Ayurveda teaches us that like increases like.  So by its very nature, springtime tends to increase kapha.  And when we consider that by winter’s end, a bit of kapha accumulation is somewhat inevitable for most of us, spring has the potential to add insult to injury in the kapha department.  But just as spring melts the lingering ice and snow, it liquefies accumulated kapha (ideally, so that it can be eliminated from the body).  This process can either be a revitalizing event or it can trigger a number of health challenges.  A seasonal routine is actually one of our best tools for minimizing spring’s kapha-aggravating potential while supporting the elimination of any accumulated excess.  With a seasonal diet and lifestyle that invites a little extra lightness, sharpness, dryness, and heat into our lives, we can support our physiology in its natural process of springtime renewal and revitalization.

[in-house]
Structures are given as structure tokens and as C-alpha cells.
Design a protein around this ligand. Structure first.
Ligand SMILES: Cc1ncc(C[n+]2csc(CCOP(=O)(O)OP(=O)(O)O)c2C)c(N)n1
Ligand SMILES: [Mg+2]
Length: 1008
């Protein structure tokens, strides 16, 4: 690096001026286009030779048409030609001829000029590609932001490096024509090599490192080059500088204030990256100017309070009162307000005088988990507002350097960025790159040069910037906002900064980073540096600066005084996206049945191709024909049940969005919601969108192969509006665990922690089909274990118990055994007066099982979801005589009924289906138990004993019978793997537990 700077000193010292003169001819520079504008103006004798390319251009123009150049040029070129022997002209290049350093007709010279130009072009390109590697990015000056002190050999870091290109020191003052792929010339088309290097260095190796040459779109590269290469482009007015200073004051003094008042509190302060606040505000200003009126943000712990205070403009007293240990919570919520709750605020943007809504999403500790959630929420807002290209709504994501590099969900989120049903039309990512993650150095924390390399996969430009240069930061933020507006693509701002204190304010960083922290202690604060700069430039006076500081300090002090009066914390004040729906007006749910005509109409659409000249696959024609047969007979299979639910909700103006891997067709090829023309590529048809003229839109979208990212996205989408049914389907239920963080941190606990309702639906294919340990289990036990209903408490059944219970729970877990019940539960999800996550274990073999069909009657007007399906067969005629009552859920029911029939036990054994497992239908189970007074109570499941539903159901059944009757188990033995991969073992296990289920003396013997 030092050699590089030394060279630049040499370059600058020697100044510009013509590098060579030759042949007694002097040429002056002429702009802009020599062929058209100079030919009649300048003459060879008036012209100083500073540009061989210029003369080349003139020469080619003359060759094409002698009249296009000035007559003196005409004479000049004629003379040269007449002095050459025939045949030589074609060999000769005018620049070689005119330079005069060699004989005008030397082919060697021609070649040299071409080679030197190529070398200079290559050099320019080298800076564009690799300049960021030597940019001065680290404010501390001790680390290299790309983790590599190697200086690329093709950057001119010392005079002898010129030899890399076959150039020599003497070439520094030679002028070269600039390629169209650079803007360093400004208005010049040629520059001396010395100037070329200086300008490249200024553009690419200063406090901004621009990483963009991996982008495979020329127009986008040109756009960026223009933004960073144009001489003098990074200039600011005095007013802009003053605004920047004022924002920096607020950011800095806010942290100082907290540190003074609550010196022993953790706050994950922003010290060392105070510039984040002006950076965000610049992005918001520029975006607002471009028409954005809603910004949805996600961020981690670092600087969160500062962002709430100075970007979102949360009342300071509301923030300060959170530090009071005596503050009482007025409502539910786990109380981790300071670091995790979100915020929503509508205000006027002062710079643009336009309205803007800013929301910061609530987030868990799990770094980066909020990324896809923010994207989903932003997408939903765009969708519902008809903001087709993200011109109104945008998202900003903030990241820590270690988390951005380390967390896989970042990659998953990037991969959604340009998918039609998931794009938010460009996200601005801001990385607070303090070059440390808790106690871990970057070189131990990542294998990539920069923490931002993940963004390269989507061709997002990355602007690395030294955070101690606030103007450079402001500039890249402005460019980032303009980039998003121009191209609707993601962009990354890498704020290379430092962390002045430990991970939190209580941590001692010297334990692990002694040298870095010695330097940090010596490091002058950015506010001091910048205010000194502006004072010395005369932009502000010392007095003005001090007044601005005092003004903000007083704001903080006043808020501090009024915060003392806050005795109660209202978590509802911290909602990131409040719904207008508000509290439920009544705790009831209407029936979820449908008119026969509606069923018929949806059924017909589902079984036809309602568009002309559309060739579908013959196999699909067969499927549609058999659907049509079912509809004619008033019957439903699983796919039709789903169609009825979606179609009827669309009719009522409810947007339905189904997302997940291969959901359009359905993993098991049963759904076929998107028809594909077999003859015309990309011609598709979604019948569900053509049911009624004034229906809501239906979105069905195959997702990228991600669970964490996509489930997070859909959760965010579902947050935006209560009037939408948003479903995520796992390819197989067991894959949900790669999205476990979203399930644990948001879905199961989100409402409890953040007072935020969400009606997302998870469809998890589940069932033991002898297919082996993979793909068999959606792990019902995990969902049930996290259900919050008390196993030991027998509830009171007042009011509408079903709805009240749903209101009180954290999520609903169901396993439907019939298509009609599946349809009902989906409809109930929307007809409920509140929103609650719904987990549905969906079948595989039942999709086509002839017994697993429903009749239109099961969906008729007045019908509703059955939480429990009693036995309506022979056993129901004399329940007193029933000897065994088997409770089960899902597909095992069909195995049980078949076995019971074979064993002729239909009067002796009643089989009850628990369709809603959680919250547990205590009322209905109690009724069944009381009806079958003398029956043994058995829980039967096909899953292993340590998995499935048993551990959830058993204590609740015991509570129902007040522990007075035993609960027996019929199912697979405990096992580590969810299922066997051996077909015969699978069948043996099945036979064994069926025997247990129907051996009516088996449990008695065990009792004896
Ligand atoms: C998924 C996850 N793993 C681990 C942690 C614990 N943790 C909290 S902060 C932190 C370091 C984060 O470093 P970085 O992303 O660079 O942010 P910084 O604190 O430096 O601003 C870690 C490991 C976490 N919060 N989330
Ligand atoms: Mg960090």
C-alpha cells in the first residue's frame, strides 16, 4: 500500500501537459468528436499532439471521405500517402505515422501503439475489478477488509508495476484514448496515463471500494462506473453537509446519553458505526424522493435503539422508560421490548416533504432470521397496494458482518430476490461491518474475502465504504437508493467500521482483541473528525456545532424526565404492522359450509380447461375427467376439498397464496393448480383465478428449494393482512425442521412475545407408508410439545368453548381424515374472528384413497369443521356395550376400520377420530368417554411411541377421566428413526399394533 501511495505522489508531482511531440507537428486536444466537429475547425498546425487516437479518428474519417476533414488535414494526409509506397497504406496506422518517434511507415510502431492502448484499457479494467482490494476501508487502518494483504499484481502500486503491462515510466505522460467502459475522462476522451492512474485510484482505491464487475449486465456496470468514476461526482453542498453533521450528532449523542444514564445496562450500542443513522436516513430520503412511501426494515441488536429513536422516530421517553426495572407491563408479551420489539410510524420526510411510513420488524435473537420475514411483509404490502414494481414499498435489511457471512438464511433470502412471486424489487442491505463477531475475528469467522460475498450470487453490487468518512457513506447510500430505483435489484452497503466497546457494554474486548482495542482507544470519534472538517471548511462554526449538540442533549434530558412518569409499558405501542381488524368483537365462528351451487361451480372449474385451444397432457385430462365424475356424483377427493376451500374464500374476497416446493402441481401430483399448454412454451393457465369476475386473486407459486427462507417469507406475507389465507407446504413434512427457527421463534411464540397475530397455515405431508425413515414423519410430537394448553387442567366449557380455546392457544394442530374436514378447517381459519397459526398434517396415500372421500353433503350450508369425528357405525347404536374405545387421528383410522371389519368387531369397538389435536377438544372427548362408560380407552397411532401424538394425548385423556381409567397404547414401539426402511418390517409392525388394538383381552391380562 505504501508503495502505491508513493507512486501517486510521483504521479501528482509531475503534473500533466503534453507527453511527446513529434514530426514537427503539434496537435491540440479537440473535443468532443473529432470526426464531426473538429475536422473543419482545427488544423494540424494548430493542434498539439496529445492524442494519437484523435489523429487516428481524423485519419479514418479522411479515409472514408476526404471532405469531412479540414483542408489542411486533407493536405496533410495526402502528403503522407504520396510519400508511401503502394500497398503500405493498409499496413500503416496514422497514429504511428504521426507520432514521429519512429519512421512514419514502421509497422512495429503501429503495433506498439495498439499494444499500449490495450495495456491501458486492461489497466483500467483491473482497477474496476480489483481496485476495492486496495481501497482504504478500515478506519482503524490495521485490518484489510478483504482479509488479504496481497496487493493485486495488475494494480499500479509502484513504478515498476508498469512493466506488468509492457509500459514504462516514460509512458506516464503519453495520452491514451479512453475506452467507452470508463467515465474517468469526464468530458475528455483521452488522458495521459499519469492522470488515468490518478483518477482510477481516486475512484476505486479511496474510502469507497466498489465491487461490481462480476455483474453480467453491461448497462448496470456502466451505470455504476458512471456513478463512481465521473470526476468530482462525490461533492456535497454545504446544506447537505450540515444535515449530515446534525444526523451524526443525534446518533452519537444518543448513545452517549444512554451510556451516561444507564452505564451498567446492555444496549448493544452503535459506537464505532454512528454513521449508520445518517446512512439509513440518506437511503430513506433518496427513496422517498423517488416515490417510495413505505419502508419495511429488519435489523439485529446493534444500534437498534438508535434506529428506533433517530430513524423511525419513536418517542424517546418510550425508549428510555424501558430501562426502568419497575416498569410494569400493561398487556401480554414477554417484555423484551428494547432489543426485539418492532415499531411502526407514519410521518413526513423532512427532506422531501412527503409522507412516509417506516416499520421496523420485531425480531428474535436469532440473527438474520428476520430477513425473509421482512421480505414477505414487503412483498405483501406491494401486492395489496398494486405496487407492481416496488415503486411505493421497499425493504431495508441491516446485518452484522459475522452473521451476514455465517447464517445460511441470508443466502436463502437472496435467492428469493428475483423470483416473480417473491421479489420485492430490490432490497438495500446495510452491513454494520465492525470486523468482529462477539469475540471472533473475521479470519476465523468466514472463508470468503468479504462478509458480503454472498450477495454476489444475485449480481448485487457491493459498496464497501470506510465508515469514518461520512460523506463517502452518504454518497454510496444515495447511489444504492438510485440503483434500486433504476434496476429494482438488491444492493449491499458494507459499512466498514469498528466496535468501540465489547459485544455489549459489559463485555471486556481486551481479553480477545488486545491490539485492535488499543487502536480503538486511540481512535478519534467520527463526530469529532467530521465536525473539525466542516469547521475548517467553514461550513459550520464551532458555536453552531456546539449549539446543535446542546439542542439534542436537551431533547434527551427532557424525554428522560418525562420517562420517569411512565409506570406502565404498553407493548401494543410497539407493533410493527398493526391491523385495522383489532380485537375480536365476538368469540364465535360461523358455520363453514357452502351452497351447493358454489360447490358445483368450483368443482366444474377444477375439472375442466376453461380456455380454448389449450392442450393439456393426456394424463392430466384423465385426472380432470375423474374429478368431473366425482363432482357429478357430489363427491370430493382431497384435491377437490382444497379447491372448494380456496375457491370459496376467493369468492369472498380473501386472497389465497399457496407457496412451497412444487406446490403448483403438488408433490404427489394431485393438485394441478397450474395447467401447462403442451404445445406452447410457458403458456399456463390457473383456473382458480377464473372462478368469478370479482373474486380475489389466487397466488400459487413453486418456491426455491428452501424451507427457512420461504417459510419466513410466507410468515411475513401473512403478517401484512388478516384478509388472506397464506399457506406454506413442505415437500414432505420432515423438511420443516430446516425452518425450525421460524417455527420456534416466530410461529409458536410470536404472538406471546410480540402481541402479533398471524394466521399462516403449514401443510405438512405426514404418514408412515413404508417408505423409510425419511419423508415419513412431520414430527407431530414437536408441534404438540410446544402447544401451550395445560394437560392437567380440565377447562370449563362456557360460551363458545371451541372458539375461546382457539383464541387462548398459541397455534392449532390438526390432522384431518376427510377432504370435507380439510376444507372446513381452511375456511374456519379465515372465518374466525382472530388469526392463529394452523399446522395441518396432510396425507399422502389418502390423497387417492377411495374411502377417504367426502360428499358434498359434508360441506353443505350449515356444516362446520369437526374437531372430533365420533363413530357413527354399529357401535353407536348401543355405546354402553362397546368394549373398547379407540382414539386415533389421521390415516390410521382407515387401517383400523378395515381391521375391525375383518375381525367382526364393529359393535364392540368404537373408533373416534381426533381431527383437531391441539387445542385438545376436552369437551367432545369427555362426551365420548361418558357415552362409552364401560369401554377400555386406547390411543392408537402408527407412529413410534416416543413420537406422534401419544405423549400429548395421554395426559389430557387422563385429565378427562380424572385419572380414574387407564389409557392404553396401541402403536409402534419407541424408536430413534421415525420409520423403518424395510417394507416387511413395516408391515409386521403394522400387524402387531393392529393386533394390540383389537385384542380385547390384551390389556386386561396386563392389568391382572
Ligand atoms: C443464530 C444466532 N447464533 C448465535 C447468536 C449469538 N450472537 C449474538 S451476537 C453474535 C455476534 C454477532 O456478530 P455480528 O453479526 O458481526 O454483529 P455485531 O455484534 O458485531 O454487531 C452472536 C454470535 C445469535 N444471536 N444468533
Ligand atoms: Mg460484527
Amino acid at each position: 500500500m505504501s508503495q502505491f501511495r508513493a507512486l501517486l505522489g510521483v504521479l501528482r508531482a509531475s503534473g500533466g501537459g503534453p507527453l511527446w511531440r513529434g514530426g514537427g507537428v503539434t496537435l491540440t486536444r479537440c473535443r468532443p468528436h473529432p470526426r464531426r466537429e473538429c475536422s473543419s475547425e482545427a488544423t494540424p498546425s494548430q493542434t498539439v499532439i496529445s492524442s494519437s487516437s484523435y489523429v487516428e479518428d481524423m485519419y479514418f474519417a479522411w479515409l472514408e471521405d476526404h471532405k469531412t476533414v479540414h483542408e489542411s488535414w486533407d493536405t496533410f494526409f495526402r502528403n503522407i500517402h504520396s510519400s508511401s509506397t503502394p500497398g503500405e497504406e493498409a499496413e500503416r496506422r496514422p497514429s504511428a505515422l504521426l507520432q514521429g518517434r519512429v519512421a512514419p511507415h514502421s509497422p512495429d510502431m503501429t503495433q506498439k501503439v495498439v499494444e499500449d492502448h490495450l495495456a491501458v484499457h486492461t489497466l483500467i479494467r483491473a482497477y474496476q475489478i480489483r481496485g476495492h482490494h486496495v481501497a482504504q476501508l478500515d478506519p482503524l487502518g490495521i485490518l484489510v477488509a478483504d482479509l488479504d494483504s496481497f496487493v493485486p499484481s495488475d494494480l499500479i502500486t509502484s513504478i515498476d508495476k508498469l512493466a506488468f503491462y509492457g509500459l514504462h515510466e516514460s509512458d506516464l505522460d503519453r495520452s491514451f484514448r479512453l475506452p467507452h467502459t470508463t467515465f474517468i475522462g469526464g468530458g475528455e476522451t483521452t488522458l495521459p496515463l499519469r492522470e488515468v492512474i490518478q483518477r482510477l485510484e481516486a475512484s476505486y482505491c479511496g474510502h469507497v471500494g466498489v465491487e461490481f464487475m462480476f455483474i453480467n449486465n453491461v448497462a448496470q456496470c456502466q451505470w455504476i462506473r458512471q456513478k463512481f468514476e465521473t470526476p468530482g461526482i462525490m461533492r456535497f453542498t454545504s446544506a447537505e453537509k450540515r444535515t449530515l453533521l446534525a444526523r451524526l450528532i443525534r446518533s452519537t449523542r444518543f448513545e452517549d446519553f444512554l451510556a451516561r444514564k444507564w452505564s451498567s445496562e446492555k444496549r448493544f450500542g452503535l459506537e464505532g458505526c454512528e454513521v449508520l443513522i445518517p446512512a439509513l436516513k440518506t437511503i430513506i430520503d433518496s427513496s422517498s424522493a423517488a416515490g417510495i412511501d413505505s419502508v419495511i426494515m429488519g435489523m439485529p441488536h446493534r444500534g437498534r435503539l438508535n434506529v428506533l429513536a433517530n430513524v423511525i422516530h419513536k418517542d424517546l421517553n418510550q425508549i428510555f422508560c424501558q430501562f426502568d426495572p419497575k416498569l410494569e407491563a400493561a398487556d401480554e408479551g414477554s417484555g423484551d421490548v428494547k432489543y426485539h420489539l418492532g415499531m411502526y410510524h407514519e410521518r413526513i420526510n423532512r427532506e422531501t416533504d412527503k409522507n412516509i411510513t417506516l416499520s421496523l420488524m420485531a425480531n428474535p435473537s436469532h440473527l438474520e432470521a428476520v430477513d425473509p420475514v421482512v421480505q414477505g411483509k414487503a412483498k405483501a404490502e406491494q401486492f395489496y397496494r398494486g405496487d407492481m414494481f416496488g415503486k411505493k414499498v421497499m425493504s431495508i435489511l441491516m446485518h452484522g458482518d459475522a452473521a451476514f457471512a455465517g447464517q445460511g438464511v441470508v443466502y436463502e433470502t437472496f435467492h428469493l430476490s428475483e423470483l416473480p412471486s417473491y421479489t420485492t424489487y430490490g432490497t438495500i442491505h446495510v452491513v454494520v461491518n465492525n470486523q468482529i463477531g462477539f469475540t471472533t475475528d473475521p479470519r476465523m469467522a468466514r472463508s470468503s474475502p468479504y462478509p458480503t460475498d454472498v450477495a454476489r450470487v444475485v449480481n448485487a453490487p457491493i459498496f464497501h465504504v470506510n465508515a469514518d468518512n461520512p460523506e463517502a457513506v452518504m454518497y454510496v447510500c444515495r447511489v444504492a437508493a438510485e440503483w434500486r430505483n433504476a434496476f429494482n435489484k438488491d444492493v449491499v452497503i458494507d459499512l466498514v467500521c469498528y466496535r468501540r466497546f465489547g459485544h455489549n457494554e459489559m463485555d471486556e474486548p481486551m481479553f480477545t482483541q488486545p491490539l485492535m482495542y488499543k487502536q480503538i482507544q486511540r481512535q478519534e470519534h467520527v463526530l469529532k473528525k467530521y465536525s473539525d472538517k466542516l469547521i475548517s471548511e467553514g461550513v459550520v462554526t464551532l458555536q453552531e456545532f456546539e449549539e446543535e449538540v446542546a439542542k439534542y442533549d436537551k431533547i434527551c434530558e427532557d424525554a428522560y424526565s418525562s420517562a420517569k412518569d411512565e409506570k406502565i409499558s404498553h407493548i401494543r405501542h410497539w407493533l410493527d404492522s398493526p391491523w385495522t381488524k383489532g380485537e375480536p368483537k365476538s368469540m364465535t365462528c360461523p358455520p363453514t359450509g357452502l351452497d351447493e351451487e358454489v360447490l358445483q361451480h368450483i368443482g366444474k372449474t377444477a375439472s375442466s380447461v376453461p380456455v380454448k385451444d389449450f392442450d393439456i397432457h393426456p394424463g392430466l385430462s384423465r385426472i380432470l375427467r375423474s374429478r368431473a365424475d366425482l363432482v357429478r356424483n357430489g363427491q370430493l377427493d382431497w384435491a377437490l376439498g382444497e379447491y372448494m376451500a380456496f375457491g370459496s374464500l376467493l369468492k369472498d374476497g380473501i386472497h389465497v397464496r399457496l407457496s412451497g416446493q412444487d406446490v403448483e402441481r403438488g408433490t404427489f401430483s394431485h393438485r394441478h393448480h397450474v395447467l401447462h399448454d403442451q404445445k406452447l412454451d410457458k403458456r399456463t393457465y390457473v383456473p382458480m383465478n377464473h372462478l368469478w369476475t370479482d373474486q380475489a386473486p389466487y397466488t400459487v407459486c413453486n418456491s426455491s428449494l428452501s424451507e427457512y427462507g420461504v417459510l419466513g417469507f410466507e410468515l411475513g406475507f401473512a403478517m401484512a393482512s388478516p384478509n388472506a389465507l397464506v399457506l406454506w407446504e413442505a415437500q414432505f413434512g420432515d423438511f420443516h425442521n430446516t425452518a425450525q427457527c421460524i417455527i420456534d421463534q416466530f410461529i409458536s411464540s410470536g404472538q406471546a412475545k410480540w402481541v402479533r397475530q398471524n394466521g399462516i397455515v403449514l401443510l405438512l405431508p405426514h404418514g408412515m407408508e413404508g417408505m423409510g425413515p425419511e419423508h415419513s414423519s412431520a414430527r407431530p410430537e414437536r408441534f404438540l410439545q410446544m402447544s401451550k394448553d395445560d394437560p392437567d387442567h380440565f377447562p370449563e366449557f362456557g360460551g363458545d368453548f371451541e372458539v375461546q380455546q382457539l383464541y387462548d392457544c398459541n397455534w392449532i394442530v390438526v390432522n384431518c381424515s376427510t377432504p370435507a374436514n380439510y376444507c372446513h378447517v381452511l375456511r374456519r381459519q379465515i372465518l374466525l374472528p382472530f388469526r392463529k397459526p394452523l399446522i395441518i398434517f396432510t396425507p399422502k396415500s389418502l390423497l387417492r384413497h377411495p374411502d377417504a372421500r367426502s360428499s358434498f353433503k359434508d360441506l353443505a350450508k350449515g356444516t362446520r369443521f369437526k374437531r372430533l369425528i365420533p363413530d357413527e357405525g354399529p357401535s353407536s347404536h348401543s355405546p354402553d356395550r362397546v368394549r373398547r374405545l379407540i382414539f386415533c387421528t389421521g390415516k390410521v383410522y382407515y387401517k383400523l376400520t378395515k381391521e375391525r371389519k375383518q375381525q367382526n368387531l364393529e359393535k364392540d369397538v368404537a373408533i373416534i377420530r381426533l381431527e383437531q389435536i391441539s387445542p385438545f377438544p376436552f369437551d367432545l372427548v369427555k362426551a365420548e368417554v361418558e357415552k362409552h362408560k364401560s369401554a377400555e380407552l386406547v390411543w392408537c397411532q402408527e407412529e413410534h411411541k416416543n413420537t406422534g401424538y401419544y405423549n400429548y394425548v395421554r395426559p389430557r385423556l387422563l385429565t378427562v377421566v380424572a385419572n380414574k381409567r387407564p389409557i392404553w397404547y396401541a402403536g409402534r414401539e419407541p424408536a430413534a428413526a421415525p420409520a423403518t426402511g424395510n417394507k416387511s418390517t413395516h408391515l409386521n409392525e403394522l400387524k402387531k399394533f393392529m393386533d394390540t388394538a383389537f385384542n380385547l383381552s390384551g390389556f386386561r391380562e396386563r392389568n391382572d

But remember that the entire point of an Ayurvedic seasonal routine is to align ourselves with the dynamic rhythms of the natural world.  Mother nature moves in a fluid and organic way and spring is a season of transition, so a springtime routine is not intended to be rigid or static.  Your local spring climate may, at first, fluctuate between colder, drier, more isolating wintery weather, and warmer, wetter conditions – meaning that any given day could aggravate kapha, vata, or both.  Then, as the season progresses and the weather heats up, you may find yourself needing to pacify kapha, pitta, or a combination of the two.  Obviously these patterns vary, depending on where you live.  Whatever the nuances of your local climate, you can respond to the qualities that are showing up by sprinkling in appropriate recommendations from the Ayurvedic Guide to the Winter Season (to help pacify vata when necessary) or the Ayurvedic Guide to the Summer Season (to help pacify pitta when necessary).   Adapting your spring routine on a day-to-day basis like this is a beautiful way to honor the subtle variations within the season.

General Recommendations for a Joyful & Renewing Spring